“The solar energy business is growing fast, thanks in part to a steep drop in panel prices…[P]rices dropped by more than half since 2010. But the industry's future looks a little hazy. Generous government subsidies expire soon and the price for natural gas — a competitor that's also used to generate electricity — keeps dropping…For now, though, the solar business is booming and the industry is hiring. More than 31,000 solar jobs were added in 2014…Experienced installers can earn a good wage of about $22 per hour…[Though it generates less than 1 percent of U.S. electricity, leaving enormous opportunity for growth, the solar industry already provides] nearly 174,000 solar jobs in the U.S., which is 22 percent more than last year and 86 percent more [2010, according to The Solar Foundation, which predicts solar will]… add another 36,000 jobs this year, but after that is a big question mark…Unless Congress extends [solar’s vital 30 percent federal investment tax credit], it will end in December 2016.” click here for more


    How AWS is powering up its wind farm plans for cloud datacenters

    Toby Wolpe, January 20, 2015 (ZDNet)

    “Amazon Web Services says a new [150MW] Indiana wind farm [being built by the Pattern Energy Group] could be helping power its datacenters by as early as January 2016…The power-purchase agreement with Pattern Energy will help increase the renewable energy [wind, hydro and solar] used to run AWS' US [datacenter] infrastructure…In November 2014, AWS set out plans to use only renewable energy for its global infrastructure. To date, the company has three carbon-neutral regions: the US GovCloud; US West in Oregon; and EU in Frankfurt am Main…AWS [also] has sites in Australia, Brazil, China, Ireland, Japan, and Singapore…[with a worldwide customer base] of more than a million organizations, which buy its cloud-based compute, storage, database, analytics, application, and deployment services…” click here for more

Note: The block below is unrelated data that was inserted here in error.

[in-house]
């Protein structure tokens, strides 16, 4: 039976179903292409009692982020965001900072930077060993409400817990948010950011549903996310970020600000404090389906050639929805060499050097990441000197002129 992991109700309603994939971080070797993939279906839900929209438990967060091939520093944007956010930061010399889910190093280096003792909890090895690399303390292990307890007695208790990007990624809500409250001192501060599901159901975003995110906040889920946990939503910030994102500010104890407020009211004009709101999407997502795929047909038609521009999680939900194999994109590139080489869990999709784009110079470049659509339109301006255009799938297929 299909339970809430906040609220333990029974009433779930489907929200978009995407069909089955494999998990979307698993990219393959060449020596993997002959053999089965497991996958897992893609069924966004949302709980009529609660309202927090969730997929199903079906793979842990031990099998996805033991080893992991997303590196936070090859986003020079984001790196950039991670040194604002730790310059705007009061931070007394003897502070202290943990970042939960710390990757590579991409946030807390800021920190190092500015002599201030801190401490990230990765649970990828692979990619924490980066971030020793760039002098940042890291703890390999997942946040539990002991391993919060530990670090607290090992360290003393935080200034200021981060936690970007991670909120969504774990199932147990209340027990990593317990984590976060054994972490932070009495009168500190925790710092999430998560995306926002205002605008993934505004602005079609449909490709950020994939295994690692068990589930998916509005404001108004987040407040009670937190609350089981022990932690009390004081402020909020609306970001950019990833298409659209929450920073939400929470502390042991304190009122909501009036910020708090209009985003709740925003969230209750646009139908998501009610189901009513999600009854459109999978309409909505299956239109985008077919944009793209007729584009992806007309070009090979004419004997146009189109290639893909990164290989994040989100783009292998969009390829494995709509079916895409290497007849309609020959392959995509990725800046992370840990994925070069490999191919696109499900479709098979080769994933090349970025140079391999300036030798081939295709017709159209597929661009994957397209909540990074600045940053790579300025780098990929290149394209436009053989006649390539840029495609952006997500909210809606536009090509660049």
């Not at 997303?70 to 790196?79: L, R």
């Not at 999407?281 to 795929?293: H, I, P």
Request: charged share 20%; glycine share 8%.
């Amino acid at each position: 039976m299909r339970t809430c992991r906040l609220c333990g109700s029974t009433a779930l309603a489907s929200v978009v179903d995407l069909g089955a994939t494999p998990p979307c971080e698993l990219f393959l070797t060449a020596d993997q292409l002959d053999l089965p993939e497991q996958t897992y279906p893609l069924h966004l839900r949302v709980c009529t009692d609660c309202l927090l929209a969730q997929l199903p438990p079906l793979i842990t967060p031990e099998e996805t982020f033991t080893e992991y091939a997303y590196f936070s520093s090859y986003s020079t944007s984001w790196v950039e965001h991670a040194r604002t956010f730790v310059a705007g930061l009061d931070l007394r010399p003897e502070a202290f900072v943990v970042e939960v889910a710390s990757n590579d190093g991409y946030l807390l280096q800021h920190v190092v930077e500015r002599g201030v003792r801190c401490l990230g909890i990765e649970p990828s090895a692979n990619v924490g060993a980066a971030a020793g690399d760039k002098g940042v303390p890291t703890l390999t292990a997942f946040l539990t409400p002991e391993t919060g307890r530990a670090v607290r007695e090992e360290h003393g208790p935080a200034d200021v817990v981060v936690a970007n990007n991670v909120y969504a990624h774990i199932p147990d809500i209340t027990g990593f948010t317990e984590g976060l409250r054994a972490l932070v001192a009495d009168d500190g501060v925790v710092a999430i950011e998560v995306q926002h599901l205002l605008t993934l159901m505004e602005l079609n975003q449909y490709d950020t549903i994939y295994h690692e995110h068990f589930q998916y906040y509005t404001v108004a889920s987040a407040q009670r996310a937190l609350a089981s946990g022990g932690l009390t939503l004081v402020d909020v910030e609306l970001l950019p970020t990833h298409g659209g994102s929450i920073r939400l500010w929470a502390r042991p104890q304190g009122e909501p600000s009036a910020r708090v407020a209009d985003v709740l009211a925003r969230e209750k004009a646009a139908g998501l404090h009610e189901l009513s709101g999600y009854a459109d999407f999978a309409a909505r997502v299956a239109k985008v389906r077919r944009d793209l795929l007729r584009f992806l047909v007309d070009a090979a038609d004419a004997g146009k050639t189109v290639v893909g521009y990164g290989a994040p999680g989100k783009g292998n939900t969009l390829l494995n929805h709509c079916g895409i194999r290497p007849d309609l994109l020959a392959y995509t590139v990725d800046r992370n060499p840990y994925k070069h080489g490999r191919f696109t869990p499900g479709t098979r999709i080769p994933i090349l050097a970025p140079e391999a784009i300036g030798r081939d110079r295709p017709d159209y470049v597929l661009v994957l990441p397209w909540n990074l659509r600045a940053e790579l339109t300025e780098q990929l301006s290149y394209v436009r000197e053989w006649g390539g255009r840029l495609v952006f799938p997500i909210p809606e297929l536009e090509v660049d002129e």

Geothermal energy – does it make sense? Sounds like a good topic for Science Café

    David Brooks, January 19, 2015 (The Telegraph)

    “…[G]eothermal energy in New Hampshire, more accurately described as ground-source heat pumps…has been around for decades but has gained more prominence as part of the alternative-energy mix…At its simplest, geothermal pumps water underground, where temperature remains around 50 degrees, then brings it back above ground at that temperature and uses it to cool or heat buildings…Heat, of course, naturally moves from warm to cold. A heat pump uses a relatively small amount of energy to reverse the process, pulling heat out of a low-temperature area and moving it into a higher temperature area – from a ‘heat source,’ like the ground, into a ‘heat sink,’ like your home…The system involves a fluid with a very low boiling point, on the verge of being a gas at room temperature. The head pump shifts this substance back and forth between the liquid and gas states with compression, which makes it release or absorb large amounts of energy, due to the physics of phase change. That energy is how cold water can heat a house…” click here for more

    Monday, January 19, 2015


    In Wisconsin, solar ‘new math’ could equal big impacts

    Kari Lydersen, January 16, 2015 Midwest Energy News

    After granting crucial rate design changes to We Energies, Wisconsin Public Service Corporation (WPS) and Madison Gas & Electric, the Wisconsin Public Service Commission (PSC) is expected to hear a final challenge which could determine the pace of residential solar growth in the state for the foreseeable future. The expected challenge will ask the PSC to reconsider its decisions to allow We Energies and utilities to “true up” net metered customers’ bill credits monthly instead of annually. Wth a monthly true-up, the bulk of excess credits accumulated in the spring and fall, when electricity use is lower, are lost. Annual true-ups preserve the credits. A separate challenge is in the works to the PSC’s decision to allow Alliant Energy/Wisconsin Power and Light to remunerate net metered customers at the avoided cost rate of $0.03 per KWh to $0.04 per kWh instead of the retail rate $0.11 per KWhto $0.14 per kWh. click here for more